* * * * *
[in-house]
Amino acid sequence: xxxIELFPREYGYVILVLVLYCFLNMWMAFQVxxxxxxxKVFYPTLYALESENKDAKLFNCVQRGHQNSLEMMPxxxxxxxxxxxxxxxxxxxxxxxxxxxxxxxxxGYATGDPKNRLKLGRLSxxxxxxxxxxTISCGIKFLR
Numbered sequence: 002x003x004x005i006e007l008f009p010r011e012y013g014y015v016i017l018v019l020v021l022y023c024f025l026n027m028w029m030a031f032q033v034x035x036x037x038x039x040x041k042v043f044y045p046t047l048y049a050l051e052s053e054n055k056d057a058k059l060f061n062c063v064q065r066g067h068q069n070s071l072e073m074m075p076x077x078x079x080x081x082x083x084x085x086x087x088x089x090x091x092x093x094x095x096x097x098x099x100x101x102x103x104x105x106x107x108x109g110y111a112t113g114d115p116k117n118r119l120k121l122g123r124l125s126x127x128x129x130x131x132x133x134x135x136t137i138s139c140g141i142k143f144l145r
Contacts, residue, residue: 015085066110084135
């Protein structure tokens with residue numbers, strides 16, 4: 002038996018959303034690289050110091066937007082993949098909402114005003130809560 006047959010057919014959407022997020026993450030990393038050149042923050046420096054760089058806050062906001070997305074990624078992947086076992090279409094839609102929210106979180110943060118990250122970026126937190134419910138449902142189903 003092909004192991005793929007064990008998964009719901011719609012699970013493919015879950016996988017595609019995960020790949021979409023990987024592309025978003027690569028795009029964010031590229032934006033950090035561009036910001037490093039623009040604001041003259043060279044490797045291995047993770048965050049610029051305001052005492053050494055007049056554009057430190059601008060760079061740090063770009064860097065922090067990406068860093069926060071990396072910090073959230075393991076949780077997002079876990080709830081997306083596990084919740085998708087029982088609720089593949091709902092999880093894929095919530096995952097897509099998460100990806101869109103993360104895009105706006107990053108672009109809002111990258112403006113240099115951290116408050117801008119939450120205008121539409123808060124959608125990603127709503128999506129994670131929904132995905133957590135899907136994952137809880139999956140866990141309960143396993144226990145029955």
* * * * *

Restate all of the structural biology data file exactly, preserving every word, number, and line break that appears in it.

[in-house]
Amino acid sequence: xxxIELFPREYGYVILVLVLYCFLNMWMAFQVxxxxxxxKVFYPTLYALESENKDAKLFNCVQRGHQNSLEMMPxxxxxxxxxxxxxxxxxxxxxxxxxxxxxxxxxGYATGDPKNRLKLGRLSxxxxxxxxxxTISCGIKFLR
Numbered sequence: 002x003x004x005i006e007l008f009p010r011e012y013g014y015v016i017l018v019l020v021l022y023c024f025l026n027m028w029m030a031f032q033v034x035x036x037x038x039x040x041k042v043f044y045p046t047l048y049a050l051e052s053e054n055k056d057a058k059l060f061n062c063v064q065r066g067h068q069n070s071l072e073m074m075p076x077x078x079x080x081x082x083x084x085x086x087x088x089x090x091x092x093x094x095x096x097x098x099x100x101x102x103x104x105x106x107x108x109g110y111a112t113g114d115p116k117n118r119l120k121l122g123r124l125s126x127x128x129x130x131x132x133x134x135x136t137i138s139c140g141i142k143f144l145r
Contacts, residue, residue: 015085066110084135
């Protein structure tokens with residue numbers, strides 16, 4: 002038996018959303034690289050110091066937007082993949098909402114005003130809560 006047959010057919014959407022997020026993450030990393038050149042923050046420096054760089058806050062906001070997305074990624078992947086076992090279409094839609102929210106979180110943060118990250122970026126937190134419910138449902142189903 003092909004192991005793929007064990008998964009719901011719609012699970013493919015879950016996988017595609019995960020790949021979409023990987024592309025978003027690569028795009029964010031590229032934006033950090035561009036910001037490093039623009040604001041003259043060279044490797045291995047993770048965050049610029051305001052005492053050494055007049056554009057430190059601008060760079061740090063770009064860097065922090067990406068860093069926060071990396072910090073959230075393991076949780077997002079876990080709830081997306083596990084919740085998708087029982088609720089593949091709902092999880093894929095919530096995952097897509099998460100990806101869109103993360104895009105706006107990053108672009109809002111990258112403006113240099115951290116408050117801008119939450120205008121539409123808060124959608125990603127709503128999506129994670131929904132995905133957590135899907136994952137809880139999956140866990141309960143396993144226990145029955």